Welch joined the Illinois House in 2013, representing Maywood and nearby Western suburbs. He previously served as president of Proviso Township Board of Education (District 209). He’s a graduate of Northwestern, holds a law degree from John Marshall, and is a partner at the Ancel Glink law firm.
After decades under Madigan’s tight-fisted rule, lawmakers are looking for more freedom under Welch.
“I think that his personality is collaborative and being new, he knows that we all have to work together,” said Rep. Kifowit. “He’s promised a 10 year term limit on leadership. He’s very accessible. He’s always been open and ready to listen to new ideas. We can contact him. By email. By cellphone!”
That, in contrast to Madigan who was famous for not using a cellphone.
Legislators also chafed at Madigan’s tight control on legislative matters. Until recently, lawmakers had to choose three bills to prioritize and no more. On the political side, candidates in swing districts were counseled to shy away from progressive stances.
“They’ve been told in the past under Madigan, being in a district that can flip-flop, they can’t or shouldn’t vote on certain things. There were a lot of folks who took umbrage with that. I think Chris wants to give people a little more independence, a little more autonomy, “said Rep. Buckner.
Democrats even foresee, and welcome, a new spirit of bipartisanship.
“Speaker Madigan just presented the rules and we’d vote on them without discussion from anybody,” said Rep. Harper. “But Speaker Welch said in a spirit of collaboration, he would wait until he gets input from members of both parties on the rules before we vote on them. It’s a new day when it comes to having a little bit more input on matters that used to be only decided by leadership or a small group of people.”
There’s widespread speculation that after losing the powerful speaker’s chair, Madigan isn’t long for the legislature.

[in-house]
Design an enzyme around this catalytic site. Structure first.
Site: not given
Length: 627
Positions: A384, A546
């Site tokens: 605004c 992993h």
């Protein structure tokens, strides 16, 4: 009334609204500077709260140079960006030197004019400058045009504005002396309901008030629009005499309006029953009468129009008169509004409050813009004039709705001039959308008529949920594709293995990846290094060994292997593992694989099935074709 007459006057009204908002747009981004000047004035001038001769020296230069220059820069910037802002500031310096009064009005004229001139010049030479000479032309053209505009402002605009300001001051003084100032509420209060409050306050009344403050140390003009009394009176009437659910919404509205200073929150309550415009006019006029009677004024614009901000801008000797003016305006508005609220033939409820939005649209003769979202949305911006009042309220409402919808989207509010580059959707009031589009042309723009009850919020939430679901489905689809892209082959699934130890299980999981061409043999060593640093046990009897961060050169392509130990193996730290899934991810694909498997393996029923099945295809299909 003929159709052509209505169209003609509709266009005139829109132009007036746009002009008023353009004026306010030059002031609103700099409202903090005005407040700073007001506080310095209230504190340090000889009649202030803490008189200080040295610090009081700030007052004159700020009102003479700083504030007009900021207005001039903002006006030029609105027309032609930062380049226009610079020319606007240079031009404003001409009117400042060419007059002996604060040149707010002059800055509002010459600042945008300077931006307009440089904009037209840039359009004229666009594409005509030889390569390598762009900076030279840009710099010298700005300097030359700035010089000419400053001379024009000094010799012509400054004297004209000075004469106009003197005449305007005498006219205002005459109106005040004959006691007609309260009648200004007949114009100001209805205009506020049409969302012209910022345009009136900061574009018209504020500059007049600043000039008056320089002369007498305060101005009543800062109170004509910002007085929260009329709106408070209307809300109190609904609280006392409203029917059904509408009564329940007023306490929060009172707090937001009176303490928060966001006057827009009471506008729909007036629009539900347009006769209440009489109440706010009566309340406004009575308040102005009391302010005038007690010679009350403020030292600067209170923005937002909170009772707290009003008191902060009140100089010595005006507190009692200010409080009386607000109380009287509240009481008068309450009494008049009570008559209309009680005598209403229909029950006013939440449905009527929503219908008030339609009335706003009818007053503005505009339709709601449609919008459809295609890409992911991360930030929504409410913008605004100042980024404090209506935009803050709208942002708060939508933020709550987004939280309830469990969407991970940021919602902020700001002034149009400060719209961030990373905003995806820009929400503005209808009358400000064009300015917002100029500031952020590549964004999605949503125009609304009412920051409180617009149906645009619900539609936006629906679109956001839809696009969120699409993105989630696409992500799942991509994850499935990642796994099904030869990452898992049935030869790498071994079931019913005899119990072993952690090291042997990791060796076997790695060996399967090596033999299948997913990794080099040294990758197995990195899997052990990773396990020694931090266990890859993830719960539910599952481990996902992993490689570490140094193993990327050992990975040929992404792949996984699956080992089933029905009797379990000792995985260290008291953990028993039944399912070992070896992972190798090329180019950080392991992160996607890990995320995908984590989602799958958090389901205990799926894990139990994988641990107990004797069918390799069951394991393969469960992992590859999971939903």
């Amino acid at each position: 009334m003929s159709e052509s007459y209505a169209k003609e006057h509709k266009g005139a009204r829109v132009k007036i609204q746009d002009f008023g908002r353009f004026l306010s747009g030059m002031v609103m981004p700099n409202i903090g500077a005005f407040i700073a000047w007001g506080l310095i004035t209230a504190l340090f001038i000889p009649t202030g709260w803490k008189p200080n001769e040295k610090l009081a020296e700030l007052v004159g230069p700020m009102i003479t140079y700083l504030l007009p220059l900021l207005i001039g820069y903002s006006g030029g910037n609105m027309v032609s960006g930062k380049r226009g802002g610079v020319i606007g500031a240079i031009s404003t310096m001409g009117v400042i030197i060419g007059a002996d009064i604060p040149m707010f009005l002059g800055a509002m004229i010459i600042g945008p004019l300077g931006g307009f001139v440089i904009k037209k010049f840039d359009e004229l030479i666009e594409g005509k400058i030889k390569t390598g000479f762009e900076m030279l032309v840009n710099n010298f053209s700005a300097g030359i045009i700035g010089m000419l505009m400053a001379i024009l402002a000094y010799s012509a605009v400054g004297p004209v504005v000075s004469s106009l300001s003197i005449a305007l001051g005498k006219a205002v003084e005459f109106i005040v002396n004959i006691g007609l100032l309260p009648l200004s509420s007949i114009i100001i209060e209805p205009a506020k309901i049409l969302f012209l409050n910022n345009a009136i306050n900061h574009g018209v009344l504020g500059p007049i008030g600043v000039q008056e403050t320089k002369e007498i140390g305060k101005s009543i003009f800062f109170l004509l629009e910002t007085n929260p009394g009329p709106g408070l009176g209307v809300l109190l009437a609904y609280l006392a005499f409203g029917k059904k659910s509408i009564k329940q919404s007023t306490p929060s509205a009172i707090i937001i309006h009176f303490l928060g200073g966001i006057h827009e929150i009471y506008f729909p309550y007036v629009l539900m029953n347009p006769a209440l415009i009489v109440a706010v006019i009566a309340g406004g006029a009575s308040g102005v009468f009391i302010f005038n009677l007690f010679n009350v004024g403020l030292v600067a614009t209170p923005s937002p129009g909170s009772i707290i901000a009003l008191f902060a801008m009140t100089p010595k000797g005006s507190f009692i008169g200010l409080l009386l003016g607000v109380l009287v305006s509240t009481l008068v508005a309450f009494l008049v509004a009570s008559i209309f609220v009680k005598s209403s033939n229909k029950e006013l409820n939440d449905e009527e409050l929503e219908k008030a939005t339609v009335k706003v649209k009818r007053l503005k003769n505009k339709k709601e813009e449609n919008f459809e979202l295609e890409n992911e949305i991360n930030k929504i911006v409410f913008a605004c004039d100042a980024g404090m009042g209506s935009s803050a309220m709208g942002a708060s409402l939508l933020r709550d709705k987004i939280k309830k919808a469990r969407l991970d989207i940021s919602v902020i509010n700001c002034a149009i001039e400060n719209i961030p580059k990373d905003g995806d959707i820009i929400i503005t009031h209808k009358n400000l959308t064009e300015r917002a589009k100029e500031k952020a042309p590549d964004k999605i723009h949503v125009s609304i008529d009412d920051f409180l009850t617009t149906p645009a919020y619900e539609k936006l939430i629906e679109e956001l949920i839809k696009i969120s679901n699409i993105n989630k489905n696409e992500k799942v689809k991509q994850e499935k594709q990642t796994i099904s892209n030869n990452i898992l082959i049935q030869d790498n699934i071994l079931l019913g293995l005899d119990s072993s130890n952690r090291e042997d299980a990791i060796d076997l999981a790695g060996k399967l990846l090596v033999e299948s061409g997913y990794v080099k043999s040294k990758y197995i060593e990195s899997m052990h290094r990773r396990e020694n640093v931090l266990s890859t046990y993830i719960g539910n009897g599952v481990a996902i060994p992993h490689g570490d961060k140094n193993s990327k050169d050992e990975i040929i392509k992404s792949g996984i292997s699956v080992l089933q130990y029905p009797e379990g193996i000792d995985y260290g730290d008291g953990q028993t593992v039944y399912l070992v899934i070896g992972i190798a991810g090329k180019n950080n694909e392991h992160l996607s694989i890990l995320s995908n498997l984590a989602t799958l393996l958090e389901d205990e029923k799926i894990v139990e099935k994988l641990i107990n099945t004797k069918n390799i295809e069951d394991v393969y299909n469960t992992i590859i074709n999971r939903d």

“I don’t have any intel on this but my instinct is I just can’t see a situation where he would stick around as a rank and file member. I just don’t,” said Rep. Buckner.
However, Madigan is still chairman of the Illinois Democratic Party and controls millions in campaign funds. Rep. Zalewski doesn’t see him holding on to that role, either, or the role of chief architect of the 2021 remap.
“I think as the year progresses you’ll see the speaker address his future in a number of ways. The chairmanship of the party will be part of that, the leadership of the party’s political arm will be part of that. This isn’t going to be hard to figure out. He’s going to transition out. I think you’ll see him retire to a private life and I wish him the best on that. And I think Chris will be the quarterback on the remap,” said Zalewski.
With Madigan severely weakened, some observers believe Gov. J. B. Pritzker automatically becomes the state’s most powerful Democrat.
“J.B. has enough personal wealth and big money connections to help any legislator he wants to get elected,” said Simpson. “And I expect the governor to use his influence to move bills.”
Others aren’t so sure.
“The governor has certainly shown a tremendous amount of leadership both politically and governmentally,” said Zalewski. “I think we're all sort of in this fog of war about the most powerful Democrat, the most powerful politician. It’s been such an earthquake. It’s going to take some time to sort through this.”
If anyone has come out a winner—in addition to Chris Welch---it’s the Women’s Caucus and the Black Caucus.
“We have shown we can use our collective voice to effect change,” said Rep. Kifowit.
“To have a member of our caucus today gavel in the House of Representatives in the same body that Abraham Lincoln, the Great Emancipator, started his political career in 1834, it’s monumental,” said Rep. Buckner. “It’s a huge win.”